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felicity of every rational being is founded ously trusted his Sabbath day's entertainment upon union with, and a sense of his constant to the manna of that day, must fast for his and entire dependence on his Creator. folly.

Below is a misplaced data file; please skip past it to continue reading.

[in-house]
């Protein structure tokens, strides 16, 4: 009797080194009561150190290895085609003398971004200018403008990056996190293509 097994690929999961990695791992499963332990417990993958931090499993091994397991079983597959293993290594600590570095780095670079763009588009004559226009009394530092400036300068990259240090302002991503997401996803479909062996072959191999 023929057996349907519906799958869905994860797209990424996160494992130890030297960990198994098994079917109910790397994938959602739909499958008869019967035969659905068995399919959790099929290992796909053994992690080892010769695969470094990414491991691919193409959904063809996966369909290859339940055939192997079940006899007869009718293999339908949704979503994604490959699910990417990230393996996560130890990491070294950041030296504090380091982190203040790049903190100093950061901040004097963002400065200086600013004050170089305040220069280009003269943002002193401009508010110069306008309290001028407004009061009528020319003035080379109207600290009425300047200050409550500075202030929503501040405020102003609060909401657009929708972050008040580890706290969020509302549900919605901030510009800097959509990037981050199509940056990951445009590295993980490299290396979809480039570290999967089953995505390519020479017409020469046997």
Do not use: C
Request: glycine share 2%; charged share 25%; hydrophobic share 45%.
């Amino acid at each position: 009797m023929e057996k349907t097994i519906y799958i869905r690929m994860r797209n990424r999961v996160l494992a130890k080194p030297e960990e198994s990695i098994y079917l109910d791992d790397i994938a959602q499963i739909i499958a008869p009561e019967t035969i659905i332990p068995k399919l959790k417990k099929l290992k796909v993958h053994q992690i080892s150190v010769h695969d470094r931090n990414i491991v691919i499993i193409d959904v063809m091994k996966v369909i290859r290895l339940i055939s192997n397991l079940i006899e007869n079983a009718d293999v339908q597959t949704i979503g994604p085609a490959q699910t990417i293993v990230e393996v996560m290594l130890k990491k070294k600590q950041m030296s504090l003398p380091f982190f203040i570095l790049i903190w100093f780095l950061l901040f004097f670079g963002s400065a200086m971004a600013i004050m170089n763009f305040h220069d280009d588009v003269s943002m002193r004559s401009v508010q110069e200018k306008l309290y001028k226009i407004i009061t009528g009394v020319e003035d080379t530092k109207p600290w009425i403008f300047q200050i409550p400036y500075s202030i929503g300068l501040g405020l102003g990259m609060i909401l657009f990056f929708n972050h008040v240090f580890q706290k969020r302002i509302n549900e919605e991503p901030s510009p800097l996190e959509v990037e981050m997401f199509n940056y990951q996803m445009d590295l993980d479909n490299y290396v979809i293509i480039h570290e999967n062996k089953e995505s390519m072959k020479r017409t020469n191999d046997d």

Thirdly. No fulness and no excellency / Fifthly. Observe the care of Providence 'of created comforts will produce real happi- to preserve among this highly favoured peoness to rational beings without the aid of re- ple a constant sense of their equality. All ligion. During the abode of Israel in Egypt, had their constant supply; every one was the observance of the Sabbath had been entitled to his fair proportion; and no good greatly neglected, if not altogether disused. purpose did it answer to grasp at a double The religious principle of course must have portion. For the hand which miraculously been much weakened, if not wholly destroy- rained down this heavenly bread, miracued. There was nothing done, then, till this lously modified it to every one's use. matter was re-established. For there can be who gathered much had nothing over, and no good government but what is founded he that gathered little had no lack.” Now upon religion; and religion cannot long exist if we attend to the conduct of Providence to in any degree of either fervour or purity, this day, and in every state of the world, we where no attention is paid to the Lord's day. shall find the same equality of distribution Providence, therefore, employed a certain still going on. A man has just what he uses method to point out that day to Israel, and and no more. With a chest full of gold, he to enforce the observance of it. On that has a desire to eat but twice or thrice a day day no manna fell. But to compensate the at most. With a thousand suits of apparel failure, a double quantity was given the day in his wardrobe, he can use but one at a before; and the manna of that day, contrary time. His neighbour, therefore, who has to its usual custom, retained its sweetness but one dinner, and one coat at once, is, during the sabbath: it neither melted away, upon the whole, just as rich as he. Beyond nor became putrid. But, alas ! long disuse what nature requires, reason approves, and had so much diminished public respect for the Almighty crowns with his blessing, all the ordinance, that a discipline of forty years is childish and fantastical. “There is that is scarcely sufficient to restore it to its an- scattereth, and yet increaseth; and there is cient dignity and estimation. The restraints that withholdeth more than is meet, but it of religion are no encroachments on human tendeth to poverty.'